EU evaluates REACH chemical legislation
During spring 2017, the European Commission is conducting a review of the REACH chemical legislation. The Swedish Chemicals Agency has submitted several proposals for how the legislation could be applied more effectively.
“The REACH legislation has contributed significantly to the increased protection of human health and the environment. There are, however, shortcomings in how the legislation is applied, which could be remedied by the simplification and clarification of certain processes in REACH”, says Alicja Andersson, investigator at the Swedish Chemicals Agency.
Once every five years, an evaluation of the effectiveness of the REACH chemical legislation is conducted by EU member states, the EU Commission and the European Chemicals Agency (ECHA). Such a review of the regulation is currently in progress, for the second time since REACH came into force in 2007.
Before the European Commission began working with the REACH report, a public consultation was held in which various parties were given the opportunity to contribute with comments and proposals. During the public consultation, the Swedish Chemicals Agency made a number of suggestions for how the regulation could be made to work more effectively.
In the view of the Swedish Chemicals Agency, there are three areas within the REACH regulation on which it is particularly important to focus in the review: the registration of chemical substances, the regulation of harmful substances in products, and the driving forces behind the replacement of harmful chemicals with better alternatives. One of the issues identified by the Swedish Chemicals Agency is the fact that applications for authorisation within REACH are often approved irrespective of the quality of the application. For restriction proposals, on the other hand, there is a tendency to demand further evidence even when the available data is sufficient to warrant scientific concern.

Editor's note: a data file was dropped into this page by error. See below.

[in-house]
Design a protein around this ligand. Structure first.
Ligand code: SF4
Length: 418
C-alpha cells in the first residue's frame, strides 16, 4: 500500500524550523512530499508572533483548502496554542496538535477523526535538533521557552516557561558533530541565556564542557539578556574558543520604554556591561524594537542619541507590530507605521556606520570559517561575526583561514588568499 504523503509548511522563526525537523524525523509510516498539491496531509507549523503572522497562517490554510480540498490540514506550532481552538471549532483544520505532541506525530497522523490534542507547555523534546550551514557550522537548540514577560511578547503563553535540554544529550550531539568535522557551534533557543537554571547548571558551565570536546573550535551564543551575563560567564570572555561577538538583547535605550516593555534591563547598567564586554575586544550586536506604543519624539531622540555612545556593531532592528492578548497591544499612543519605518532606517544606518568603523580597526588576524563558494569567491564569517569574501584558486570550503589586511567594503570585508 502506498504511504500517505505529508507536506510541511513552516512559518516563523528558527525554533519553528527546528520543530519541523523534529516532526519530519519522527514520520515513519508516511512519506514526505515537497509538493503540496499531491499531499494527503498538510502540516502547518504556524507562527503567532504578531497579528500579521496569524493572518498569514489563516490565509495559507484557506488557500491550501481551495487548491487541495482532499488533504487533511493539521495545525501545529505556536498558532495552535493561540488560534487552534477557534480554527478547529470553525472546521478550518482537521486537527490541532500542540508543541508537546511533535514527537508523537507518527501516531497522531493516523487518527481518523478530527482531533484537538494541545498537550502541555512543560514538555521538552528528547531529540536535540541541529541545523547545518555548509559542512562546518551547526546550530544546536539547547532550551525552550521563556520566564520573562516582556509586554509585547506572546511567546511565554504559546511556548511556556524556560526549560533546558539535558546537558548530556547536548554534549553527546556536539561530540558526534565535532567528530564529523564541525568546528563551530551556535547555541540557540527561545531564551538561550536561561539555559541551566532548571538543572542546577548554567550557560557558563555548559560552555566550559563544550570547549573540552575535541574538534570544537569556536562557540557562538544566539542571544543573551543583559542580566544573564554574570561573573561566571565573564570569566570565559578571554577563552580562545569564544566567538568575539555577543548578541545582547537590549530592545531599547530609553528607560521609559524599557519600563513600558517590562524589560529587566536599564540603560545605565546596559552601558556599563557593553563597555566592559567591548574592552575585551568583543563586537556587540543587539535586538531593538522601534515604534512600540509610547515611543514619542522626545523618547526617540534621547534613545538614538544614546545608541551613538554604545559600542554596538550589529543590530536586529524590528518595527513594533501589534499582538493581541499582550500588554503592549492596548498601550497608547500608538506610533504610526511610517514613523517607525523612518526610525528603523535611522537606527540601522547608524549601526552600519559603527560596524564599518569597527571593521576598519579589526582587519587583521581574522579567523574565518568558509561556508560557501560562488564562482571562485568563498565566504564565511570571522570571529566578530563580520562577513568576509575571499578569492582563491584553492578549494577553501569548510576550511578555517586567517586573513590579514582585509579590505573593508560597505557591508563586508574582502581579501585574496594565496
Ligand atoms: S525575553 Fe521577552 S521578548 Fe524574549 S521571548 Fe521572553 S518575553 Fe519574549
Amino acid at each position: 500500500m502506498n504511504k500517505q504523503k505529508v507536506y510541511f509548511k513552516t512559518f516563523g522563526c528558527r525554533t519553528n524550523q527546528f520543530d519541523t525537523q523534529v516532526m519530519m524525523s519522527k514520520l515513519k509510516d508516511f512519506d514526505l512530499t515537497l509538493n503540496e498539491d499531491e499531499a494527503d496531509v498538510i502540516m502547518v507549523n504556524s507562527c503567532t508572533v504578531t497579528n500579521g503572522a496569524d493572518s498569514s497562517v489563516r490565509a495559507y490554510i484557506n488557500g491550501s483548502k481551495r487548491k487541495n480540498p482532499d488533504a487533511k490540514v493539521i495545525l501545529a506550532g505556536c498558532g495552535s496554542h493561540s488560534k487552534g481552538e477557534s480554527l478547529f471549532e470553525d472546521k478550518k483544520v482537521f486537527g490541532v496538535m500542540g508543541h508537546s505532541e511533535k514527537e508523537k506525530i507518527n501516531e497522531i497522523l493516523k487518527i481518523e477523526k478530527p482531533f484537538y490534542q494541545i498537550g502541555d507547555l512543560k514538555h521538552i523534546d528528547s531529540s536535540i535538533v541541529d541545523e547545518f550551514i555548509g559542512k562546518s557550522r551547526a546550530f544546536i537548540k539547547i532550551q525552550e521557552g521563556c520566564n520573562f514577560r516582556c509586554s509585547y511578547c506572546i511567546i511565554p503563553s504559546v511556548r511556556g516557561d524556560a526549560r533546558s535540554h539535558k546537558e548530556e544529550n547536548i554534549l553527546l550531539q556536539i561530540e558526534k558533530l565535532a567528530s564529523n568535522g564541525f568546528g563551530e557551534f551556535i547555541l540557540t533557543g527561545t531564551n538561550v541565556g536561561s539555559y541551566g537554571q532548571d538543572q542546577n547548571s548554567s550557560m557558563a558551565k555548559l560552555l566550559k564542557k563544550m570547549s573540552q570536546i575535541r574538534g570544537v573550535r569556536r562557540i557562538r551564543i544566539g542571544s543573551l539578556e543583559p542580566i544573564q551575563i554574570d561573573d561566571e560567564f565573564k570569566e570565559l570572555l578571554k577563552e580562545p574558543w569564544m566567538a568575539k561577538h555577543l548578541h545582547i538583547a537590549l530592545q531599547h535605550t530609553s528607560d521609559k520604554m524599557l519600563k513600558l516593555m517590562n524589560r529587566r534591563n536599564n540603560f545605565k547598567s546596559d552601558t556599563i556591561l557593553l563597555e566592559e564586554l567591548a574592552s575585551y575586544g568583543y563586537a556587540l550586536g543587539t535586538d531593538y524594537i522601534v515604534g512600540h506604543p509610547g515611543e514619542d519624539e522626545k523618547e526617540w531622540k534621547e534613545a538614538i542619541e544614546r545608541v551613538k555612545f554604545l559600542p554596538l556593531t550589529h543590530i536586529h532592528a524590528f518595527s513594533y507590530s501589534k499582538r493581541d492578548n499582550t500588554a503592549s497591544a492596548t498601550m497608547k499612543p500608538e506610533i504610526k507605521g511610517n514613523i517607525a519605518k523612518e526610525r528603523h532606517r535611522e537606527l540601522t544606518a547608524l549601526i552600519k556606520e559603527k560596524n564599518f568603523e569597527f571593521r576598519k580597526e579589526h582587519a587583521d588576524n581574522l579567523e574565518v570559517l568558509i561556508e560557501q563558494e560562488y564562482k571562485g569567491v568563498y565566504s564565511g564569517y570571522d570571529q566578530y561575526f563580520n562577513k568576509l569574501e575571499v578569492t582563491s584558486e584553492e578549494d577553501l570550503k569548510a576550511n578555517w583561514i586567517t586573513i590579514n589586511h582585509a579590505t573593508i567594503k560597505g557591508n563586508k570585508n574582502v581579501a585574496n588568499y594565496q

“The single-most important way to increase the effectiveness of the REACH regulation would be to introduce measures to raise the quality threshold for applications to register chemical substances. At the moment, unfortunately, much of the submitted documentation does not fulfil the requirements of the legislation”, says Alicja Andersson.
For more information, please feel free to contact:
Alicja Andersson, investigator, +46 8 519 41 261
The Swedish Chemicals Agency’s press service, +46 8 519 41 200, email@example.com
E-mail addresses of the Swedish Chemicals Agency’s employees are written as follows: firstname.lastname@example.org